HENRY (High Earners Not Rich Yet) Segment Summary October 2012
Source: 2010–11 MacroMonitor
HENRYs—high earners not rich yet—are in the news because HENRYs represent a concentration of income and wealth that is of great interest to a variety of marketers—in particular, financial-services marketers. We define HENRYs as households with a primary head between the ages of 20 and 70 who is not retired and with total household income between $100,000 and $249,999. No one can predict with certainty which of these households will become rich. Marketers who hope to profit from the success of HENRYs who emerge at the top of the wealth-accumulation ladder should cast the net broadly.
- HENRYs' average age is 47; nearly half (46%) have a primary head of household between the ages of 45 and 59.
- HENRYs' average income is $144K; more than one in three (36%) have total annual household incomes of more than $150K.
- HENRY households (63%) are more than twice as likely as non-HENRY households (26%) to hold at least a four-year college degree; 29% hold a master's degree or higher. (Non-HENRY households are households with annual incomes below $100K.)
- Fewer than half of HENRY households have dependent children; nearly one in three have children older than 18 years.
- Only 13% of HENRYs are single-headed households (never married, divorced, or separated).
Products and Services and Financials
- HENRY households are significantly more likely than non-HENRY households to own saving and investment products (assets) such as CDs, money market deposit accounts, mutual funds, stocks, bonds, and IRAs. In particular, HENRYs have 529 education-savings accounts (14%); have a salary-reduction plan—401(k), 403(b), or 457 plan (81%); and own a home (90%). The incidence of business ownership for HENRYs is 15%, in comparison with 11% of non-HENRYs.
- Although 44% of HENRYs place the greatest portion of their savings and investment assets at banking institutions, nearly one in three concentrate their money at a full-service brokerage, mutual fund company, or financial-planning company; 13% have some type of defined-benefit pension plan.
- Almost nine in ten HENRY households report using online banking services, and 36% invest online.
- Roughly three-quarters of HENRY households hold a first mortgage. About one-half have a vehicle loan; 61% carry credit-card balances. The average HENRY household has more than $220K in total liabilities.
- Statistically, all HENRYs own insurance products. Specifically, 91% own vehicle insurance, 97% own homeowner's or renter's insurance, 95% own health insurance, and 50% own individual life insurance.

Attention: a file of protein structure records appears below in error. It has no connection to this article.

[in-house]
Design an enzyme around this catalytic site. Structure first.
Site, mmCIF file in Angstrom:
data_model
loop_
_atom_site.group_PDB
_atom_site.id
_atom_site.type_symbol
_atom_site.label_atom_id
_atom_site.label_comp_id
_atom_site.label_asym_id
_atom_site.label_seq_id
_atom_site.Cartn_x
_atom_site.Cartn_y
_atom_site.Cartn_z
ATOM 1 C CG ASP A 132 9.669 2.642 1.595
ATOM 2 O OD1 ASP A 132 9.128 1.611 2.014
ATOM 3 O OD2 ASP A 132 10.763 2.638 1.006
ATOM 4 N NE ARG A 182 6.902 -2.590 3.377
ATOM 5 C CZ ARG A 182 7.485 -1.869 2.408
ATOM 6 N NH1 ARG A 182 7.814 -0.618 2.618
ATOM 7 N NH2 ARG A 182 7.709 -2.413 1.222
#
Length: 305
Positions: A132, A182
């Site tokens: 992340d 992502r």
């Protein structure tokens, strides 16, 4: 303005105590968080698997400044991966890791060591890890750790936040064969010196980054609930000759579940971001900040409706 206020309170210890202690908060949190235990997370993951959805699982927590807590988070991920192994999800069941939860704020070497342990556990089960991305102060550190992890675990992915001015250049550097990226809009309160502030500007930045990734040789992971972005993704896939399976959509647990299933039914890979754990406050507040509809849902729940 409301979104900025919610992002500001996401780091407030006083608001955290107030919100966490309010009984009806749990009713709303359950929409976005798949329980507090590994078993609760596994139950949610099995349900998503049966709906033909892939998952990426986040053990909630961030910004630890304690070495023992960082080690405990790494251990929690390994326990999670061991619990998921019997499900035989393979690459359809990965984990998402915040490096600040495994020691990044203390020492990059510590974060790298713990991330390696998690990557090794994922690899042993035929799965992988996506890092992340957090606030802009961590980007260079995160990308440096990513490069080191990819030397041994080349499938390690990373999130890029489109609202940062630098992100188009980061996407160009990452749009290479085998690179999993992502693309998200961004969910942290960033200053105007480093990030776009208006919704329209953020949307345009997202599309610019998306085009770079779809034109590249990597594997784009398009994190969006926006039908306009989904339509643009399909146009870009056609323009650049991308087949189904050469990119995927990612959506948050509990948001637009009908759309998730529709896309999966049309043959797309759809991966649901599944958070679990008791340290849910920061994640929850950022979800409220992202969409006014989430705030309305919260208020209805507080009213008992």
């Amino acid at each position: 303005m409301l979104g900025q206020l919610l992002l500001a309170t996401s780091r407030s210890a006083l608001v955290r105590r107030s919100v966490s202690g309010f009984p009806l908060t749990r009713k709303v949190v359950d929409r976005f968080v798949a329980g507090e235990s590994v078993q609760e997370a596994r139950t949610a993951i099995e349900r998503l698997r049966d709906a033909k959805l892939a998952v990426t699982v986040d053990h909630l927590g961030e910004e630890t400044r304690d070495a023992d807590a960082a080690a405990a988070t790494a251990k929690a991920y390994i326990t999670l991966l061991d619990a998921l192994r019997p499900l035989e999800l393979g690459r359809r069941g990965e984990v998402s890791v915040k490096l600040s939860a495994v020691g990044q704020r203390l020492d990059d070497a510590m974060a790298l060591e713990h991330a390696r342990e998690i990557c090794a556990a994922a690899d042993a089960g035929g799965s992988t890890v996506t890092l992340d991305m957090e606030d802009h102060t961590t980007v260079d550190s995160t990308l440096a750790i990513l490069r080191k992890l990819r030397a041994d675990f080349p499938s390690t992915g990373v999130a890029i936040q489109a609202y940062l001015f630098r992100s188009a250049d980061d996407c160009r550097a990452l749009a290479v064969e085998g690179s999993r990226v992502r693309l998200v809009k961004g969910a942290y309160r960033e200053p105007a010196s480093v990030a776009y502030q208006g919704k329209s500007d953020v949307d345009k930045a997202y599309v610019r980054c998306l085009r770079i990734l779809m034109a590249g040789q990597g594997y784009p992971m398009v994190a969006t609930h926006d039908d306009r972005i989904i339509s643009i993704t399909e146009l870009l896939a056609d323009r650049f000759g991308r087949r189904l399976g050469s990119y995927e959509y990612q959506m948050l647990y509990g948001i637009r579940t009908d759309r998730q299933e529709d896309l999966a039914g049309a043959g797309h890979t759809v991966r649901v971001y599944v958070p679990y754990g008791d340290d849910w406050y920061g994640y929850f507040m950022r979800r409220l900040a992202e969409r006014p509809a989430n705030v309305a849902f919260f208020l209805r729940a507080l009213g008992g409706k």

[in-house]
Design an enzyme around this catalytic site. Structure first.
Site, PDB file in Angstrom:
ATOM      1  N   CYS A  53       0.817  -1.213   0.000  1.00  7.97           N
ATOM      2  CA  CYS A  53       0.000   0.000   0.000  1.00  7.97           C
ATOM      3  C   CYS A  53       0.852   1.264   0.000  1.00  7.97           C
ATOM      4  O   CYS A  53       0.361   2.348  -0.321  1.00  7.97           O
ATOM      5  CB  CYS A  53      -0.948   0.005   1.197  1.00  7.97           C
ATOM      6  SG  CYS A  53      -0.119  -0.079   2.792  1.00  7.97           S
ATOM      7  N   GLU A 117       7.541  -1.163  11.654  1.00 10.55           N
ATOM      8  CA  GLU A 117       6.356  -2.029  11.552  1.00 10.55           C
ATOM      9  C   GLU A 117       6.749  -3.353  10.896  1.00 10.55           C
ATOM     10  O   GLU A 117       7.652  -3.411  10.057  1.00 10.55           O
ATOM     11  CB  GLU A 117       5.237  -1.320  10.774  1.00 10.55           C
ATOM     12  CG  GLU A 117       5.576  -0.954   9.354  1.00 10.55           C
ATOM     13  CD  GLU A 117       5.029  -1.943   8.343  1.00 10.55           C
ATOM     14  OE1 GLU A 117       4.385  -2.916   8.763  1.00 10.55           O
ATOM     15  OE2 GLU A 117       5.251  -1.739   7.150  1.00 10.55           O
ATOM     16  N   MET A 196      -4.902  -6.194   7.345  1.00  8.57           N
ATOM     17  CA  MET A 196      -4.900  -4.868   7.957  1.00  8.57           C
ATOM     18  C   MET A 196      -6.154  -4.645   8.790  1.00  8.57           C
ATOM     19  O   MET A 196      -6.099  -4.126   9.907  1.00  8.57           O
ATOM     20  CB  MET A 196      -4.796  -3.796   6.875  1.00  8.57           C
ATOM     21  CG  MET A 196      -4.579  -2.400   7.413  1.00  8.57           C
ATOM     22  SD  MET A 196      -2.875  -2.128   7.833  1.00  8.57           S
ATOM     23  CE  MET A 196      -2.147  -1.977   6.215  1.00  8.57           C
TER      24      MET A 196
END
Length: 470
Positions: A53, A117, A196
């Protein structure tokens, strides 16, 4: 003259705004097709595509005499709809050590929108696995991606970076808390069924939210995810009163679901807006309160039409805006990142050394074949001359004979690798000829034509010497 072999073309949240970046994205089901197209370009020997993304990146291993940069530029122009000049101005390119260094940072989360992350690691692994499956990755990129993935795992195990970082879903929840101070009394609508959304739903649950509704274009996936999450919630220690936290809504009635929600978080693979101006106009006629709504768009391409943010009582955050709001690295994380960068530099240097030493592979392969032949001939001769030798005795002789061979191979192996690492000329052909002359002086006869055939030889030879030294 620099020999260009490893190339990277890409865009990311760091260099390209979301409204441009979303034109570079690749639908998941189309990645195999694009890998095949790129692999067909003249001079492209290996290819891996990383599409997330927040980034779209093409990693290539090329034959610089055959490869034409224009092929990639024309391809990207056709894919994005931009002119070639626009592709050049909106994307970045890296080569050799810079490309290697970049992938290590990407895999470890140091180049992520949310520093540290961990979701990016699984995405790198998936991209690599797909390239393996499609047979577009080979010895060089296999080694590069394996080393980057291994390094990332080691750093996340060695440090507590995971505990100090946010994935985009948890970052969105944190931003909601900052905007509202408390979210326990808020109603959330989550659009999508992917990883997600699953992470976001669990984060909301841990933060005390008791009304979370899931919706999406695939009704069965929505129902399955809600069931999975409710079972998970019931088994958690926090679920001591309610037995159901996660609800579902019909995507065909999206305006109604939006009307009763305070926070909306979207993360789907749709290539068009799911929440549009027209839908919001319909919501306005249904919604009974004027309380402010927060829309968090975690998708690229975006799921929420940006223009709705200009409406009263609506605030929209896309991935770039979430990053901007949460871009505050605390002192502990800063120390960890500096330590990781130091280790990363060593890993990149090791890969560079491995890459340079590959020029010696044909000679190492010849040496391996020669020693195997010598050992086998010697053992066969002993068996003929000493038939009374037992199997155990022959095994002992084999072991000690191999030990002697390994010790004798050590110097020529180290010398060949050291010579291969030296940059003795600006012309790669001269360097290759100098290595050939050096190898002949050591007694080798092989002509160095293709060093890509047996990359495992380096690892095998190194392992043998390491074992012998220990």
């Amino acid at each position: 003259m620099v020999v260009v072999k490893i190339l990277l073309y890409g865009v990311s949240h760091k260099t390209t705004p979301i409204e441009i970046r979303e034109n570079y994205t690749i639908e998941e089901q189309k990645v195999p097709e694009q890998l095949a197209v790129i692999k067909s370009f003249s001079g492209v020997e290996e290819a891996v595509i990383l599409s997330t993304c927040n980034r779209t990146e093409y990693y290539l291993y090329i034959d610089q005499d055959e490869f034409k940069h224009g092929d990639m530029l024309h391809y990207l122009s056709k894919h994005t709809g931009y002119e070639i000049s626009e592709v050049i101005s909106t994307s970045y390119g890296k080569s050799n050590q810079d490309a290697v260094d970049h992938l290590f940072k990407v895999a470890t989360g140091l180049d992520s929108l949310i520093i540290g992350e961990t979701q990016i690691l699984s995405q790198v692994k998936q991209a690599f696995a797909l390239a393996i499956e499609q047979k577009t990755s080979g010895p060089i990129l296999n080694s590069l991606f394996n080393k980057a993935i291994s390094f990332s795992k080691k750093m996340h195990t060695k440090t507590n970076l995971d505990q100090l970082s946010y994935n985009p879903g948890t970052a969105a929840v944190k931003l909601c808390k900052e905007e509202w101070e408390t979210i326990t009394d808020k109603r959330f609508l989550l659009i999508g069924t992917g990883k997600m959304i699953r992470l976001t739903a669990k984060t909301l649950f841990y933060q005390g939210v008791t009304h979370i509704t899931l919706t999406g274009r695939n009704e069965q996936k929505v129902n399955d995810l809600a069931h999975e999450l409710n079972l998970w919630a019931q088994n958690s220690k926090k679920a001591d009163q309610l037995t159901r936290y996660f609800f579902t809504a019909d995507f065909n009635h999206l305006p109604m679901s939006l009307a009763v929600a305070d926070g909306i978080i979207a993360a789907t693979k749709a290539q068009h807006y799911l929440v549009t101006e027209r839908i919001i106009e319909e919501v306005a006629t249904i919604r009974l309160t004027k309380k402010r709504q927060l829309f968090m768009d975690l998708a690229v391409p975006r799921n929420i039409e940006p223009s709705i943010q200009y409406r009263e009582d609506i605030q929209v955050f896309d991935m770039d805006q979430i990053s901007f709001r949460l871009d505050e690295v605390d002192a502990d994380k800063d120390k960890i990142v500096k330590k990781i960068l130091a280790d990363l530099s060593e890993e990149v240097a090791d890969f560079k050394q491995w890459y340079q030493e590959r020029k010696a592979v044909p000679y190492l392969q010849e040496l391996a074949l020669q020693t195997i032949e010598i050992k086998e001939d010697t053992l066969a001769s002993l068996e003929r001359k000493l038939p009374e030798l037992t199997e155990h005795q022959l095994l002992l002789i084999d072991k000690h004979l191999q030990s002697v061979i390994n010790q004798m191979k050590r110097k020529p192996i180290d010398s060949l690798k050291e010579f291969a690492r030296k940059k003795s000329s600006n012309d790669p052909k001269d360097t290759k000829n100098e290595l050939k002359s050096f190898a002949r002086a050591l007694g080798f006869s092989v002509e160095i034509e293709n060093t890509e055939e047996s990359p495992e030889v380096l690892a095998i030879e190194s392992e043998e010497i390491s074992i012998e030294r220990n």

- Over half of HENRY households name retirement as their most important saving and investing goal.
- Two in five HENRYs are not preparing for retirement.
- HENRYs' top-four areas of retirement focus are to manage assets (33%), to live within a fixed income (32%), to handle health issues (14%), and to put affairs in order (11%).
Financial Planning and Advice
- The majority of HENRY households have a financial strategy; 13% do not.
- HENRY households are very confident in their financial responsibilities—38% indicate that they are "extremely" or "very" confident.
- Still, just 15% of Henry households say they have a written financial plan based on professional advice.
Financial Attitudes That Differentiate HENRY
HENRYs are much more likely than non-HENRYs to:
- Favor technology, embrace investment risk, value and trust advisors
- Consider themselves sophisticated and informed and express financial attitudes suggesting that they are satisfied and confident
- Express a desire to consolidate and simplify their finances.
HENRYs wield a disproportionate share of influence on the future of the US economy and the financial-services industry. The growth in the number of HENRY households is driving their influence. The 21.5 million HENRY households constitute 22% of the not-yet-retired 20- to 70-year-old population and 17% of all households. Yet they control 61% of the financial assets in the not-retired 20- to 70-year-old group and 31% of total financial assets in the United States—a whopping $8.3 trillion—and have annual income totaling $3.1 trillion.
The evolution of technology and the increasing availability of financial information through an expanding number of media channels represent a significant challenge for every financial-services provider. Perhaps a majority of HENRYs that ultimately achieve financial wealth—income and assets—will be those that formulate and articulate specific goals and strategies to achieve them. This group will yield a premium to the firms that build relationships with and capture the business of these consumers.
For more information, contact CFD.